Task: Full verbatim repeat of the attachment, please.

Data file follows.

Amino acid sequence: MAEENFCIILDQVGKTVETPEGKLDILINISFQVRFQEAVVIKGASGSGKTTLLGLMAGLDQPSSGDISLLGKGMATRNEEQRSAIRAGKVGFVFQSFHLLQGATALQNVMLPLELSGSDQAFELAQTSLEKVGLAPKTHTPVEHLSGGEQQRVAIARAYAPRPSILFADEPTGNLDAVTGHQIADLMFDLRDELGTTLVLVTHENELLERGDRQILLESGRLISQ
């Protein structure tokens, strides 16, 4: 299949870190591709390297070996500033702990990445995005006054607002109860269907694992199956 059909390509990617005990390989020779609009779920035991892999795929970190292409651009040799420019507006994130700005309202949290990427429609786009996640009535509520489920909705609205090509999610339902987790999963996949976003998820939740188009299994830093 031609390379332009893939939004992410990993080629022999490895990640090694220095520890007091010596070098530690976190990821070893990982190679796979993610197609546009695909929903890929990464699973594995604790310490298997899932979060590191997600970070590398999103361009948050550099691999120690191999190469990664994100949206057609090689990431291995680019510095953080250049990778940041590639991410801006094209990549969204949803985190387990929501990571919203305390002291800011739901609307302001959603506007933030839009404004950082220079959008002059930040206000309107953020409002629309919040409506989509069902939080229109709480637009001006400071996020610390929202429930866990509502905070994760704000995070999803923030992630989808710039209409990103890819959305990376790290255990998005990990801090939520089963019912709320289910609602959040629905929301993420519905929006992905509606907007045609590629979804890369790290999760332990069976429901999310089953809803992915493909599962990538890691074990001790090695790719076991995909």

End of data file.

Amino acid sequence: MAEENFCIILDQVGKTVETPEGKLDILINISFQVRFQEAVVIKGASGSGKTTLLGLMAGLDQPSSGDISLLGKGMATRNEEQRSAIRAGKVGFVFQSFHLLQGATALQNVMLPLELSGSDQAFELAQTSLEKVGLAPKTHTPVEHLSGGEQQRVAIARAYAPRPSILFADEPTGNLDAVTGHQIADLMFDLRDELGTTLVLVTHENELLERGDRQILLESGRLISQ
């Protein structure tokens, strides 16, 4: 299949870190591709390297070996500033702990990445995005006054607002109860269907694992199956 059909390509990617005990390989020779609009779920035991892999795929970190292409651009040799420019507006994130700005309202949290990427429609786009996640009535509520489920909705609205090509999610339902987790999963996949976003998820939740188009299994830093 031609390379332009893939939004992410990993080629022999490895990640090694220095520890007091010596070098530690976190990821070893990982190679796979993610197609546009695909929903890929990464699973594995604790310490298997899932979060590191997600970070590398999103361009948050550099691999120690191999190469990664994100949206057609090689990431291995680019510095953080250049990778940041590639991410801006094209990549969204949803985190387990929501990571919203305390002291800011739901609307302001959603506007933030839009404004950082220079959008002059930040206000309107953020409002629309919040409506989509069902939080229109709480637009001006400071996020610390929202429930866990509502905070994760704000995070999803923030992630989808710039209409990103890819959305990376790290255990998005990990801090939520089963019912709320289910609602959040629905929301993420519905929006992905509606907007045609590629979804890369790290999760332990069976429901999310089953809803992915493909599962990538890691074990001790090695790719076991995909």